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America’s Most Literate Cities, 2006: Cleveland ranks #14 overall and #1 for libraries
Submitted by Norm Roulet on Fri, 01/05/2007 - 19:05.
The President of the Cleveland Club of Washington, DC, just forwarded me notice that Cleveland has been ranked #14 nationwide in the 2006 Central Connecticut State University analysis of "America's Most Literate Cities". From their website, explaining the analysis, the author, Central Connecticut State University President John Miller, explains: "This study attempts to capture one critical index of our nation’s social health—the literacy of its major cities (population of 250,000 and above)". Cleveland ranked #14 overall (two positions better than in 2005). The ranking reflects an average of scores for six key indicators of literacy, listed here with Cleveland's comparative ranking for each category: #10 for newspaper circulation, #15 for number of bookstores, #1 for library resources, #4 for periodical publishing resources (tied with NYC), #50 for educational attainment, and #47 for Internet resources. Obviously, we need to focus more on educational attainment and internet resources. Read more of these scorings and the methodology below.
Obviously, the real shining accomplishment found in this is our #1 ranking for libraries - not a surprise but certainly a status deserving considerable praise and appreciation for the excellent library system, leadership and staff in our community.
Our worst performance is being #50 for Educational Attainment, which measures: Percentage of the adult population with an educational level of 8th grade or less; Percentage of the adult population with a high school diploma or higher; Percentage of the adult population with a bachelor's degree or higher. We all know we are deficient in this, and now we know how deficient, as we are 50th among large cities in this critical measure, which is a major reason we have not succeeded as a new economy city. That must change.
The greatest disappointment is that we are #47 for Internet Resources, which measures: Number of library Internet connection per 10,000 library service population; Number of commercial and public wireless Internet access points per capita; Number of Internet book orders per capita; Percentage of adult population that has read newspaper on Internet. In looking at the methodology for this metric, it is interesting to observe that "Figures for the Internet accessibility database were obtained from Intel Corporation’s 3rd Annual "Most Unwired Cities" survey, which ranks the top 100 U.S. cities and regions for the greatest wireless Internet accessibility." For this metric, Cleveland-Lorain-Elyria is near the bottom of America, with a ranking of #62 out of 100. This is a very different reality than we tend to read locally, that Cleveland is a "Digital City", and raises understanding that being a digital city has many interpretations.
This literacy analysis has greater social relevance than the "digital city" designation, or feel good about Cleveland campaigns, as being successful in all these measures of social health is undoubtedly the key to developing a successful economy and region. In one area - libraries - we are the world leaders... in three areas, we are quite good... in Educational Attainment and Internet Resources we are poor. This is a roadmap for improvement for our future, and it didn't cost Northeast Ohio a penny to capture and interpret this data. That is open source economic development at its best - now the people who work in each of the spaces of these metrics have anaytic models and metrics to guage their achievements and failures.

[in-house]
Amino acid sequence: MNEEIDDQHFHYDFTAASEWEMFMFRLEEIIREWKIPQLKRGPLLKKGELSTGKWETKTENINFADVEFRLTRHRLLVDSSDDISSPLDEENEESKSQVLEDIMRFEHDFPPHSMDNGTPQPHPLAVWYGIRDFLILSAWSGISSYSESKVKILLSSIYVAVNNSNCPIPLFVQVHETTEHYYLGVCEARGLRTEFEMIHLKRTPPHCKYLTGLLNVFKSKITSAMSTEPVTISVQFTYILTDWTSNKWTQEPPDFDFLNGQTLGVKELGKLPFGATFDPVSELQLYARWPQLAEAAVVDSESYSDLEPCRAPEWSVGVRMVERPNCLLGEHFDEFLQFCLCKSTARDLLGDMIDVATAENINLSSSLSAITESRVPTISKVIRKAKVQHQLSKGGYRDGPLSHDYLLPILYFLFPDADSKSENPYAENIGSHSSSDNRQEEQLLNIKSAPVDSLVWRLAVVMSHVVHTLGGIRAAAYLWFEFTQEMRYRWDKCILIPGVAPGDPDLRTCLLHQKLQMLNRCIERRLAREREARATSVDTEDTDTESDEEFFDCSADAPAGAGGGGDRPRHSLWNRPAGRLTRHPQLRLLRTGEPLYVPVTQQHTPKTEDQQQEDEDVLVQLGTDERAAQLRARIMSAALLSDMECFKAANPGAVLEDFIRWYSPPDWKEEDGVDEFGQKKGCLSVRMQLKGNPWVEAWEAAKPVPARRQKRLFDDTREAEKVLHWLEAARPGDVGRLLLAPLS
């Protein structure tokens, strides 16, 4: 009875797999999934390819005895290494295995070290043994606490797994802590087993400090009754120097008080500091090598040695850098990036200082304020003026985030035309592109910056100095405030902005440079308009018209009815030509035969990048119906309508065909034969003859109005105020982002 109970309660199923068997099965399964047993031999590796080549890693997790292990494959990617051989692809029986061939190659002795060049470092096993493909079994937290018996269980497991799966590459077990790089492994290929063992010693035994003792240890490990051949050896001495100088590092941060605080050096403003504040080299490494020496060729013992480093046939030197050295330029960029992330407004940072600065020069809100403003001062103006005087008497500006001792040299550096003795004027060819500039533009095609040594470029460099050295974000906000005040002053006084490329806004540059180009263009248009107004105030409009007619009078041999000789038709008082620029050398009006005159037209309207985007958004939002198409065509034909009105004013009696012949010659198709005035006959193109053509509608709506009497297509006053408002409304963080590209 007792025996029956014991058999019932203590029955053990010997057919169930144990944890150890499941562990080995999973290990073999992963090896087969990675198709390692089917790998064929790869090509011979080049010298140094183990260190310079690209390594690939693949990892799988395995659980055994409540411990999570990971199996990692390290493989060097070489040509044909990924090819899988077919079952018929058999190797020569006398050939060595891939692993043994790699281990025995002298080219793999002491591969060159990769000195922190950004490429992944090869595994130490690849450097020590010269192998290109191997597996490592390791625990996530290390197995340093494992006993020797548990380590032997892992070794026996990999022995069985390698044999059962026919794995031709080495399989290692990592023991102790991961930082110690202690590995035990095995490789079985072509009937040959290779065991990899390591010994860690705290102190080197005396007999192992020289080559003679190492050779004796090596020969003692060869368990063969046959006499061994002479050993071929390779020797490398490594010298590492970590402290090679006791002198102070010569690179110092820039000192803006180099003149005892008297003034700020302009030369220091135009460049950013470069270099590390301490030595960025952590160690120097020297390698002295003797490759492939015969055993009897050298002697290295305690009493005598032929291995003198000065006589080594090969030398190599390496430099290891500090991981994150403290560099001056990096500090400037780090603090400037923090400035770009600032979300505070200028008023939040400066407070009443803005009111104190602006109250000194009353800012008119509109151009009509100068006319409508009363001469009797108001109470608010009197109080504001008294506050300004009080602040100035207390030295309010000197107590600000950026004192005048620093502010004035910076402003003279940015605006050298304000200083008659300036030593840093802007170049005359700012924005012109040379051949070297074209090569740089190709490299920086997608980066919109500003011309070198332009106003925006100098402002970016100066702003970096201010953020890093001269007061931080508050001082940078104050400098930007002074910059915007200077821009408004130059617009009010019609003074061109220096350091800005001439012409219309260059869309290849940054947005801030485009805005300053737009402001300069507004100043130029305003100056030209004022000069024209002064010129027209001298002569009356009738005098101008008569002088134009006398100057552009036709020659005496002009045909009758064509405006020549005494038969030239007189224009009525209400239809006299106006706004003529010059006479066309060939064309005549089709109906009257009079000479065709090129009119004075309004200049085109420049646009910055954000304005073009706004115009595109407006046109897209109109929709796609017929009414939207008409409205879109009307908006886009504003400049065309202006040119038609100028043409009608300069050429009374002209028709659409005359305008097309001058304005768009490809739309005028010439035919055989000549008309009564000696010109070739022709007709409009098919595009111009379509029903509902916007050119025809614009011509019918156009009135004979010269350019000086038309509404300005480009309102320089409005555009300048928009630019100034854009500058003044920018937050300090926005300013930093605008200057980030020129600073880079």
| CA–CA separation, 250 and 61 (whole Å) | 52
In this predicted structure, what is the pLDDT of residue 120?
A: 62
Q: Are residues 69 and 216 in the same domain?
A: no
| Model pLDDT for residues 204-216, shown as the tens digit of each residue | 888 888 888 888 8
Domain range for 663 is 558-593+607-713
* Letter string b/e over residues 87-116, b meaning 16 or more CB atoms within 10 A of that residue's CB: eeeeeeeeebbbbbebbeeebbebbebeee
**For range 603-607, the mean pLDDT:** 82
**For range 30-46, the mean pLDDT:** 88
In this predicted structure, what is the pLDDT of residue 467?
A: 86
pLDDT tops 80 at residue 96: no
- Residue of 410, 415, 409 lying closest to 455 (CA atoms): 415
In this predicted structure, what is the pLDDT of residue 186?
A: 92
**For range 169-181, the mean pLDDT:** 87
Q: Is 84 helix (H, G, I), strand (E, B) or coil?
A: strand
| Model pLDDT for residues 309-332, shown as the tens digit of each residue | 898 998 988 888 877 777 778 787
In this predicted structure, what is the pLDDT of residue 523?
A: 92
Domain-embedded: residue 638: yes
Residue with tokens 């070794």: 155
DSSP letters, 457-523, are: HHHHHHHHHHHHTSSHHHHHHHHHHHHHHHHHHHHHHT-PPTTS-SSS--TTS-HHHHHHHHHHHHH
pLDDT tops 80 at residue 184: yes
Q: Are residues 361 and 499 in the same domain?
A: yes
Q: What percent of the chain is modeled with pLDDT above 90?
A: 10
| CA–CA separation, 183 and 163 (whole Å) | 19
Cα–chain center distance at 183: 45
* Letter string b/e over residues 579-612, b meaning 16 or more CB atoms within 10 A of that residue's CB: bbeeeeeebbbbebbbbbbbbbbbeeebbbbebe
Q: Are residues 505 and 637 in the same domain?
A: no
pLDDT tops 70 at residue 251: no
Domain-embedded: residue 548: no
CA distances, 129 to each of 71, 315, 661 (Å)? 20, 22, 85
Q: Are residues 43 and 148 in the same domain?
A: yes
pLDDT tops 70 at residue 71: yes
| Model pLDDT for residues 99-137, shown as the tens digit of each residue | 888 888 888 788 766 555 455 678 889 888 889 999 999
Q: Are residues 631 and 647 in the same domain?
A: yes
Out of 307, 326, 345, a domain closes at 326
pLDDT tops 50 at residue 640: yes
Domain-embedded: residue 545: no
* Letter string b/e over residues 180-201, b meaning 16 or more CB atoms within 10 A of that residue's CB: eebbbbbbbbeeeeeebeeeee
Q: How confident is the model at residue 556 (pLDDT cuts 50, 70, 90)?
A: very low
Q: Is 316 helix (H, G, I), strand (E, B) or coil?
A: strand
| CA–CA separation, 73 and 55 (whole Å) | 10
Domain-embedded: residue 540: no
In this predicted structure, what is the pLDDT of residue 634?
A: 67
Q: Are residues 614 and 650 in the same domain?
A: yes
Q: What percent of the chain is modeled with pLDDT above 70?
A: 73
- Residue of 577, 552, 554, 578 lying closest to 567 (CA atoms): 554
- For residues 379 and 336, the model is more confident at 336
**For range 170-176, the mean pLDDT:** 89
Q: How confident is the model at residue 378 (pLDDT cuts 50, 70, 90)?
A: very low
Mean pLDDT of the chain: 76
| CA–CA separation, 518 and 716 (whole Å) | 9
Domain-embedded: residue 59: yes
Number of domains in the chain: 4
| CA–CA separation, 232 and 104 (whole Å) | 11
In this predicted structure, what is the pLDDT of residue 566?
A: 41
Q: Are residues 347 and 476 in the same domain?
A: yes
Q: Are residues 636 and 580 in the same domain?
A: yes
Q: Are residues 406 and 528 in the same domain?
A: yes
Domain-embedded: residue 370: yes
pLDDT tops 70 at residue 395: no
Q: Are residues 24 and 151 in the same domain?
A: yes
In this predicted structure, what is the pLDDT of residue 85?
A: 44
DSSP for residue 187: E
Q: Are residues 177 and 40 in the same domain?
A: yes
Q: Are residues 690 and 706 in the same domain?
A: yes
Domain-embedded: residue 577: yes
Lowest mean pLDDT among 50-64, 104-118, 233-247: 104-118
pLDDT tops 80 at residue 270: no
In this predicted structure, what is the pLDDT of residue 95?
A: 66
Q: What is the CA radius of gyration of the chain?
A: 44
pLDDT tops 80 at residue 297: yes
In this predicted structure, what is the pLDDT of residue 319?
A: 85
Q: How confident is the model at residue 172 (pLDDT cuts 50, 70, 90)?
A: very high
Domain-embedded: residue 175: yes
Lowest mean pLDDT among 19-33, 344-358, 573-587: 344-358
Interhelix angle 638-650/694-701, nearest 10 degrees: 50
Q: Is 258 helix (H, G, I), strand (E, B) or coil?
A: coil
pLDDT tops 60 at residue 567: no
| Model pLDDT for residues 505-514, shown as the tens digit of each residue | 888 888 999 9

See the definition of each category and the top ten cities for each and overall below - visit the website for the analysis for more information on the meathodoligies and all rankins here:
Overall Rankings - Cleveland is #14
This is the overall ranking for each city. A total score was tallied for each city across six different literacy categories: Booksellers; Educational attainment; Internet Resources; Library Resources; Newspaper Circulation; and Periodical publications. All categories were compared against the city's total population. See "Rank by Category" for more detailed results.
Bookstores (per 10,000 population): Cleveland is #15
Education Level: Cleveland is #50
Library Support, Holdings, and Utilization
These numbers were then divided by the city population in order to calculate ratios of
These numbers were then divided by the city population in order to calculate ratios of library services and resources available to the population.
INTRODUCATION: America’s Most Literate Cities, 2006
This study attempts to capture one critical index of our nation’s social health—the literacy of its major cities (population of 250,000 and above). This study focuses on six key indicators of literacy: newspaper circulation, number of bookstores, library resources, periodical publishing resources, educational attainment, and Internet resources (introduced in the 2005 study).
This set of factors measures the practices of literacy--people's use of their literacy--and thus presents a complex and nuanced portrait of our nation’s cultural vitality. From this data we can better perceive the extent and quality of the long-term literacy essential to individual economic success, civic participation, and the quality of life in a community and a nation.
As I've mentioned before, the ranking is necessarily an interpretation of data. What matters most is not whether the rank ordering changes but what communities do to promote the kinds of literacy practices that the data track.
Dr. John W. Miller,
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